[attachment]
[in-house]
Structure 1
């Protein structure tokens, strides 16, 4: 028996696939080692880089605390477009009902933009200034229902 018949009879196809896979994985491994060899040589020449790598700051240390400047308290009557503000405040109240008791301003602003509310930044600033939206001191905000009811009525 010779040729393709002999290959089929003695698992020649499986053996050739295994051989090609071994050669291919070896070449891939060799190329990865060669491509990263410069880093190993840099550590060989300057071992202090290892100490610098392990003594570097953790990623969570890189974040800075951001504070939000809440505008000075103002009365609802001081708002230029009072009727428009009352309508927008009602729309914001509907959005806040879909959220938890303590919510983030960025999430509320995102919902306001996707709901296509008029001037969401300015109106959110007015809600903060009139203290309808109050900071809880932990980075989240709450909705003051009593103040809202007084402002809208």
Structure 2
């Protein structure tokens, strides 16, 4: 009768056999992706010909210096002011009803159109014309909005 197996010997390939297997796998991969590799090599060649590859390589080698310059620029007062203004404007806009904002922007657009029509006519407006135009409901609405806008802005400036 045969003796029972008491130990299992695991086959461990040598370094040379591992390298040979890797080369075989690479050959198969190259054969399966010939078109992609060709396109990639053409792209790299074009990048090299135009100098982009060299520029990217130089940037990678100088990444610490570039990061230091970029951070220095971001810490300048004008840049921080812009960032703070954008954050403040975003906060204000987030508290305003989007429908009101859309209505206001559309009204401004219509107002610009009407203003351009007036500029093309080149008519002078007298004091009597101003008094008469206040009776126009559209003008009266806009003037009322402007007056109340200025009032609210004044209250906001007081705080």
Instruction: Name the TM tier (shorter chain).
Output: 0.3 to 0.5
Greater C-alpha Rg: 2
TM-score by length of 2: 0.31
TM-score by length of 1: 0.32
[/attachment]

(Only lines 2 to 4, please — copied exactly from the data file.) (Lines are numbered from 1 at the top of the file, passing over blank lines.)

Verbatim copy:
Structure 1
């Protein structure tokens, strides 16, 4: 028996696939080692880089605390477009009902933009200034229902 018949009879196809896979994985491994060899040589020449790598700051240390400047308290009557503000405040109240008791301003602003509310930044600033939206001191905000009811009525 010779040729393709002999290959089929003695698992020649499986053996050739295994051989090609071994050669291919070896070449891939060799190329990865060669491509990263410069880093190993840099550590060989300057071992202090290892100490610098392990003594570097953790990623969570890189974040800075951001504070939000809440505008000075103002009365609802001081708002230029009072009727428009009352309508927008009602729309914001509907959005806040879909959220938890303590919510983030960025999430509320995102919902306001996707709901296509008029001037969401300015109106959110007015809600903060009139203290309808109050900071809880932990980075989240709450909705003051009593103040809202007084402002809208």
Structure 2